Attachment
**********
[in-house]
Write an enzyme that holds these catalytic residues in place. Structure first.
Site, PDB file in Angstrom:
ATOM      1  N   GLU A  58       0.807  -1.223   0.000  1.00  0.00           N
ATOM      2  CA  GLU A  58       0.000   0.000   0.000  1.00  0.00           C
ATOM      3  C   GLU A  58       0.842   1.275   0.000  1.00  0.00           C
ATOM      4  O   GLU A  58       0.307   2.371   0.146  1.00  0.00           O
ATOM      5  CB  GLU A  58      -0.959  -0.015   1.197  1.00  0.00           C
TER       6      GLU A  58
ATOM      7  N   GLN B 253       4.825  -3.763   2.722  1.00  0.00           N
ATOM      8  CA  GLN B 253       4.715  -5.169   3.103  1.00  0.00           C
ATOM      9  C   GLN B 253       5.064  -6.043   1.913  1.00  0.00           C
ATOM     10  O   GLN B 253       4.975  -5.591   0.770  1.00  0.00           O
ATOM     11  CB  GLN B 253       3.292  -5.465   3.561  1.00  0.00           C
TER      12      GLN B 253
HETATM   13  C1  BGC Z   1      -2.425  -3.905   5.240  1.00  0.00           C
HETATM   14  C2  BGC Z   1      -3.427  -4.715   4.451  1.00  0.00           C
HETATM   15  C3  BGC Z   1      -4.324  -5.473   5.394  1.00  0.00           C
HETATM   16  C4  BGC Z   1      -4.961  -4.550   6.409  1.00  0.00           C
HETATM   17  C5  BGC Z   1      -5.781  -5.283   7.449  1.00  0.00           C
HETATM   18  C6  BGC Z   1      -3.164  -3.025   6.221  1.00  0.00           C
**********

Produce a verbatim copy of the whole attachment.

[in-house]
Write an enzyme that holds these catalytic residues in place. Structure first.
Site, PDB file in Angstrom:
ATOM      1  N   GLU A  58       0.807  -1.223   0.000  1.00  0.00           N
ATOM      2  CA  GLU A  58       0.000   0.000   0.000  1.00  0.00           C
ATOM      3  C   GLU A  58       0.842   1.275   0.000  1.00  0.00           C
ATOM      4  O   GLU A  58       0.307   2.371   0.146  1.00  0.00           O
ATOM      5  CB  GLU A  58      -0.959  -0.015   1.197  1.00  0.00           C
TER       6      GLU A  58
ATOM      7  N   GLN B 253       4.825  -3.763   2.722  1.00  0.00           N
ATOM      8  CA  GLN B 253       4.715  -5.169   3.103  1.00  0.00           C
ATOM      9  C   GLN B 253       5.064  -6.043   1.913  1.00  0.00           C
ATOM     10  O   GLN B 253       4.975  -5.591   0.770  1.00  0.00           O
ATOM     11  CB  GLN B 253       3.292  -5.465   3.561  1.00  0.00           C
TER      12      GLN B 253
HETATM   13  C1  BGC Z   1      -2.425  -3.905   5.240  1.00  0.00           C
HETATM   14  C2  BGC Z   1      -3.427  -4.715   4.451  1.00  0.00           C
HETATM   15  C3  BGC Z   1      -4.324  -5.473   5.394  1.00  0.00           C
HETATM   16  C4  BGC Z   1      -4.961  -4.550   6.409  1.00  0.00           C
HETATM   17  C5  BGC Z   1      -5.781  -5.283   7.449  1.00  0.00           C
HETATM   18  C6  BGC Z   1      -3.164  -3.025   6.221  1.00  0.00           C